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In scenes akin to New Year's Eve celebrations, impromptu street fiestas erupted across Spain as a six-month state of emergency, imposed to tackle the coronavirus pandemic, ended.
Hundreds of young people across Spain danced in the streets as the clock struck midnight on Saturday, celebrating the end of a six-month-long national state of emergency.
With COVID-19 infection rates stabilizing and progress in the vaccination drive, most of Spain's 17 regions were able to relax coronavirus restrictions.
Scenes of unmasked dancing and group singing in Madrid's central Puerta del Sol square resembled pre-pandemic nightlife. Police had to usher revelers out.
In Barcelona, police also had to move people on after the last curfew began at 10 p.m. but let them back at midnight when it ended for good. Revelers headed to the beach with drinks in hand.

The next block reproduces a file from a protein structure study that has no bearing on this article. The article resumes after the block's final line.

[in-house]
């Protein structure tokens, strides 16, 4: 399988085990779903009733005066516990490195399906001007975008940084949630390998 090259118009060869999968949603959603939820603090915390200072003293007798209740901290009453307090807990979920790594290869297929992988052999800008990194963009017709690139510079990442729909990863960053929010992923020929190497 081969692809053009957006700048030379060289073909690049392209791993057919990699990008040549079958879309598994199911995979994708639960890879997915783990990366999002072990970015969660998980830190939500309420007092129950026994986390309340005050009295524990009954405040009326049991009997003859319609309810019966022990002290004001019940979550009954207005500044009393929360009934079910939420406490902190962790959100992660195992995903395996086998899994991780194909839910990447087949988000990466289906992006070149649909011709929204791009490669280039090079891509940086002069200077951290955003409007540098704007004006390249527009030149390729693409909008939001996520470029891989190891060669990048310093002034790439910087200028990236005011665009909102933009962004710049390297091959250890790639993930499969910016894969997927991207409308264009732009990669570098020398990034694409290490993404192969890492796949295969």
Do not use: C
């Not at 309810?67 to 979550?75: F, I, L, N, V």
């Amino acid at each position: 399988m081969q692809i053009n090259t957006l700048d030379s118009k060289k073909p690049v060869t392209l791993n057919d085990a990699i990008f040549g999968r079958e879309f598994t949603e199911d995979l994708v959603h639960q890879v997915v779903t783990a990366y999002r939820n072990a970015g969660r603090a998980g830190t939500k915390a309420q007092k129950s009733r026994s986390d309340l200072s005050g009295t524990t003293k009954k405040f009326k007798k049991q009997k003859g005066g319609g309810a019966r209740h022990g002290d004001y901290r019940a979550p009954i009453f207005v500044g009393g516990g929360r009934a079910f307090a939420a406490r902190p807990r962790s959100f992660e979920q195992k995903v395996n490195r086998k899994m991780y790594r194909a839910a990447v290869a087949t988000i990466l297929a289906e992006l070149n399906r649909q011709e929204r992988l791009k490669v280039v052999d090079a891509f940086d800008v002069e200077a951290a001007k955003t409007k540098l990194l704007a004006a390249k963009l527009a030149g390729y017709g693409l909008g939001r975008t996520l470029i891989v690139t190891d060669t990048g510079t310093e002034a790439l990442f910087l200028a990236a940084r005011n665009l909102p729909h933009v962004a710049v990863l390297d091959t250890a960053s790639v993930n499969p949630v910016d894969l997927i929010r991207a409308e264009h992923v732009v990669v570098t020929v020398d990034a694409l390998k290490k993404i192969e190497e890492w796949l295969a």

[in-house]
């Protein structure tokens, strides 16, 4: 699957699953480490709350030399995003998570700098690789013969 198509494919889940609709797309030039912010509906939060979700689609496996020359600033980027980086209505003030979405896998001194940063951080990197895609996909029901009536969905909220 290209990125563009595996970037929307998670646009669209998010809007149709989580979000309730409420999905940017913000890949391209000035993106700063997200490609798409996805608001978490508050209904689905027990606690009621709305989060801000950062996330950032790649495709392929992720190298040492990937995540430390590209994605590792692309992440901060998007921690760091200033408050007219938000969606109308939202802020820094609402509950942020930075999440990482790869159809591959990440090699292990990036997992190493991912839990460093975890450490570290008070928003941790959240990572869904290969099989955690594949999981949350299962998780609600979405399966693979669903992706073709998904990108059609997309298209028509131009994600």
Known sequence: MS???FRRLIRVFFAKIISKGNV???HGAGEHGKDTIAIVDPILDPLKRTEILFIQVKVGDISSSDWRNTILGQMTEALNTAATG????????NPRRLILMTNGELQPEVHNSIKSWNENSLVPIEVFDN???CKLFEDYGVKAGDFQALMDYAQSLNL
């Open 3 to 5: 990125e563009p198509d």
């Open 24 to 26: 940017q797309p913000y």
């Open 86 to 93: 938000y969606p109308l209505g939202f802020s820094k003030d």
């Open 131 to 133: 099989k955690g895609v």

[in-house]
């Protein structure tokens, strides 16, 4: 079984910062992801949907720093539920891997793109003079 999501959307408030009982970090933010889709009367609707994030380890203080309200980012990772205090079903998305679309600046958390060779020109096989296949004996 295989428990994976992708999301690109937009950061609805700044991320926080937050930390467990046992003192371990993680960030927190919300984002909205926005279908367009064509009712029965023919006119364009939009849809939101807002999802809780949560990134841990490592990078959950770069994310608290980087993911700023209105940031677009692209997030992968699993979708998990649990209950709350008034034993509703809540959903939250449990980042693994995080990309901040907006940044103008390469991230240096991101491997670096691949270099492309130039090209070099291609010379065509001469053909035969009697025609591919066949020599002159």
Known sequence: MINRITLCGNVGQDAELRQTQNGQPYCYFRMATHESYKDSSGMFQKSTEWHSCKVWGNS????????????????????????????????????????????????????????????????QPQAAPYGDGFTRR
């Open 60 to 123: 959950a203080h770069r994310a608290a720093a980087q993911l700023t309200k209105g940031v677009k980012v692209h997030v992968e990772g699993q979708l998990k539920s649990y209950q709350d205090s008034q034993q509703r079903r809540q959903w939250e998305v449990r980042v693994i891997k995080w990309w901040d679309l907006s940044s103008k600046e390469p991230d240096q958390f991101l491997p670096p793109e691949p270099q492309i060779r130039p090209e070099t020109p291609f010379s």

The decision mainly allows Spaniards to travel between regions for the first time in months.
Local restaurants and bars will also be able to stay open until 11 p.m. However, a limit of four people per table remains and indoor dining is limited to 30% capacity.
While intra-regional travel bans have ended and curfews lifted, not all of the restrictions are being relaxed.
Regions can still restrict opening hours and impose capacity limits in bars and restaurants.
They can also seek court approval for stricter measures such as reimposing curfews, capping the number allowed at home gatherings or extending a ban on internal travel.
Only four regions are keeping the curfew: the Balearic Islands, the Canary Islands, Navarra and Valencia.
The state of emergency provided the nation's 17 regional governments — responsible for health care — with a legal framework to impose measures that limited freedoms.
The restrictions included nighttime curfews or a ban on non-essential travel between regions.
Except for a few days over Christmas when the restrictions were lifted, people have not been able to travel to other regions, go on holiday, or see family.
Spain has been one of Europe's hardest-hit nations during the pandemic, with nearly 79,000 deaths and 3.5 million infections.
fb/mm (AFP, AP, Reuters)